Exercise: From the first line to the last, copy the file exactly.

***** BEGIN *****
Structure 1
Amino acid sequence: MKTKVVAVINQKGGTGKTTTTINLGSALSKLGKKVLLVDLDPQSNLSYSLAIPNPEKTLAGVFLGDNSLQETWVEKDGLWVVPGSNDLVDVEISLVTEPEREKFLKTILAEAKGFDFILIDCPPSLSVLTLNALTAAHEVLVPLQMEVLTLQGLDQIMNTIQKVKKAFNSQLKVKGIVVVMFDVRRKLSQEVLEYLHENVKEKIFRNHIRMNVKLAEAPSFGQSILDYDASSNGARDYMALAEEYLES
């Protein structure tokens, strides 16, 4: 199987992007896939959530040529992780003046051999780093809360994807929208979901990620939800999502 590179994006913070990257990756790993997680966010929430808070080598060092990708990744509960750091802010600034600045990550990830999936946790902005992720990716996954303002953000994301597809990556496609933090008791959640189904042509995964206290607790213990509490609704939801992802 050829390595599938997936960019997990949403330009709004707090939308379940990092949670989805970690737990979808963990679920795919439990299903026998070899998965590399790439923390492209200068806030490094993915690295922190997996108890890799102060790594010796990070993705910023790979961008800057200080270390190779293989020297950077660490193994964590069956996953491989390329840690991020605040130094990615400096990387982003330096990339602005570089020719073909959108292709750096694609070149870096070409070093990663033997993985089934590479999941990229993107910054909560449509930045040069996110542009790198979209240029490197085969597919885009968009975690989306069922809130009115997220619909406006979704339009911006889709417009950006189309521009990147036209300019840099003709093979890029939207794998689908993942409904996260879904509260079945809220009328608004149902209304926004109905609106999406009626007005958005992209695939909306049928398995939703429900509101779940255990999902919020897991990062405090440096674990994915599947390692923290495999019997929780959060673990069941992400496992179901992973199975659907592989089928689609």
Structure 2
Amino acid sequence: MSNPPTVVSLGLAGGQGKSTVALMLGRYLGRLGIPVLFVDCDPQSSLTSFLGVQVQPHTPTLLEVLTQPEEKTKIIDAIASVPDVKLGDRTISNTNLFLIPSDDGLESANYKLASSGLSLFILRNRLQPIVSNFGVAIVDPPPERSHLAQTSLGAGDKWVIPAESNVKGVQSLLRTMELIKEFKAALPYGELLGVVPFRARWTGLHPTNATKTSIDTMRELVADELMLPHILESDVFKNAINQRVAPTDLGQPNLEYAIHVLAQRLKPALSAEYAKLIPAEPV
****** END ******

Structure 1
Amino acid sequence: MKTKVVAVINQKGGTGKTTTTINLGSALSKLGKKVLLVDLDPQSNLSYSLAIPNPEKTLAGVFLGDNSLQETWVEKDGLWVVPGSNDLVDVEISLVTEPEREKFLKTILAEAKGFDFILIDCPPSLSVLTLNALTAAHEVLVPLQMEVLTLQGLDQIMNTIQKVKKAFNSQLKVKGIVVVMFDVRRKLSQEVLEYLHENVKEKIFRNHIRMNVKLAEAPSFGQSILDYDASSNGARDYMALAEEYLES
């Protein structure tokens, strides 16, 4: 199987992007896939959530040529992780003046051999780093809360994807929208979901990620939800999502 590179994006913070990257990756790993997680966010929430808070080598060092990708990744509960750091802010600034600045990550990830999936946790902005992720990716996954303002953000994301597809990556496609933090008791959640189904042509995964206290607790213990509490609704939801992802 050829390595599938997936960019997990949403330009709004707090939308379940990092949670989805970690737990979808963990679920795919439990299903026998070899998965590399790439923390492209200068806030490094993915690295922190997996108890890799102060790594010796990070993705910023790979961008800057200080270390190779293989020297950077660490193994964590069956996953491989390329840690991020605040130094990615400096990387982003330096990339602005570089020719073909959108292709750096694609070149870096070409070093990663033997993985089934590479999941990229993107910054909560449509930045040069996110542009790198979209240029490197085969597919885009968009975690989306069922809130009115997220619909406006979704339009911006889709417009950006189309521009990147036209300019840099003709093979890029939207794998689908993942409904996260879904509260079945809220009328608004149902209304926004109905609106999406009626007005958005992209695939909306049928398995939703429900509101779940255990999902919020897991990062405090440096674990994915599947390692923290495999019997929780959060673990069941992400496992179901992973199975659907592989089928689609």
Structure 2
Amino acid sequence: MSNPPTVVSLGLAGGQGKSTVALMLGRYLGRLGIPVLFVDCDPQSSLTSFLGVQVQPHTPTLLEVLTQPEEKTKIIDAIASVPDVKLGDRTISNTNLFLIPSDDGLESANYKLASSGLSLFILRNRLQPIVSNFGVAIVDPPPERSHLAQTSLGAGDKWVIPAESNVKGVQSLLRTMELIKEFKAALPYGELLGVVPFRARWTGLHPTNATKTSIDTMRELVADELMLPHILESDVFKNAINQRVAPTDLGQPNLEYAIHVLAQRLKPALSAEYAKLIPAEPV